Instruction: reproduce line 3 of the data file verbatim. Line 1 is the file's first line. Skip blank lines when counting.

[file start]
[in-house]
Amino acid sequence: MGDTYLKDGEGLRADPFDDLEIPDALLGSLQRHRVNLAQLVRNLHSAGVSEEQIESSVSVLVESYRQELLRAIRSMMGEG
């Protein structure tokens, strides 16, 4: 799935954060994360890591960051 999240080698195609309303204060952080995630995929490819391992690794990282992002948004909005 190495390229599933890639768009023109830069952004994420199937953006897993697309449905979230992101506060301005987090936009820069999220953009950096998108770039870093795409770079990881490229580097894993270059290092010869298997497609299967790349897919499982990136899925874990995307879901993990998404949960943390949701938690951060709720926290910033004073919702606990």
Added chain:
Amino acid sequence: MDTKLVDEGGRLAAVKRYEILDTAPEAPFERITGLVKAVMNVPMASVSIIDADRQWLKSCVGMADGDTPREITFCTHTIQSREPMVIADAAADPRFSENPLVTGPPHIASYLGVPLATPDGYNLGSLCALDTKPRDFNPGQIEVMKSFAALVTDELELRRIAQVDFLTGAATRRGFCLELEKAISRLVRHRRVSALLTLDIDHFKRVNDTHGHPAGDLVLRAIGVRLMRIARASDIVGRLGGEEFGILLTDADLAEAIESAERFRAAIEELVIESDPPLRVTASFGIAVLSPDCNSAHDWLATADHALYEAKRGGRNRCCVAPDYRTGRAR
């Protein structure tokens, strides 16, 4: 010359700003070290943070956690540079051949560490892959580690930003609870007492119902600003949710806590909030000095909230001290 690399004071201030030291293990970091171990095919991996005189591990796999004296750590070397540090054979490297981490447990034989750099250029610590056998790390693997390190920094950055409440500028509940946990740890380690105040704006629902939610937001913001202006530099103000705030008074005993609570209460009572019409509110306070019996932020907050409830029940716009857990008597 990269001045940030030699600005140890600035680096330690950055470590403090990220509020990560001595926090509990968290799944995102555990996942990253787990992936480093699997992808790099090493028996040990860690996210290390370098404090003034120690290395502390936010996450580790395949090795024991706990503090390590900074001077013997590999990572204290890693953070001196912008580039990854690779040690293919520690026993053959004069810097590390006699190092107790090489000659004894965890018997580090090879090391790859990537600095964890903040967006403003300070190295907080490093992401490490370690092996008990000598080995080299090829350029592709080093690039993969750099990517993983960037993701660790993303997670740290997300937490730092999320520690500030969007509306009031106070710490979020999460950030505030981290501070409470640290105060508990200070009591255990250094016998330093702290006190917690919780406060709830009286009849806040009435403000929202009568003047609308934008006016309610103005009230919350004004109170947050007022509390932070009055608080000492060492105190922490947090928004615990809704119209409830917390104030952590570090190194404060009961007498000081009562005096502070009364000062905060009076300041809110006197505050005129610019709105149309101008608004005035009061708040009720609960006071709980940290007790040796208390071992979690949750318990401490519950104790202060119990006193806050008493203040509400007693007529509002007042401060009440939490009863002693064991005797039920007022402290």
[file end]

């Protein structure tokens, strides 16, 4: 799935954060994360890591960051 999240080698195609309303204060952080995630995929490819391992690794990282992002948004909005 190495390229599933890639768009023109830069952004994420199937953006897993697309449905979230992101506060301005987090936009820069999220953009950096998108770039870093795409770079990881490229580097894993270059290092010869298997497609299967790349897919499982990136899925874990995307879901993990998404949960943390949701938690951060709720926290910033004073919702606990």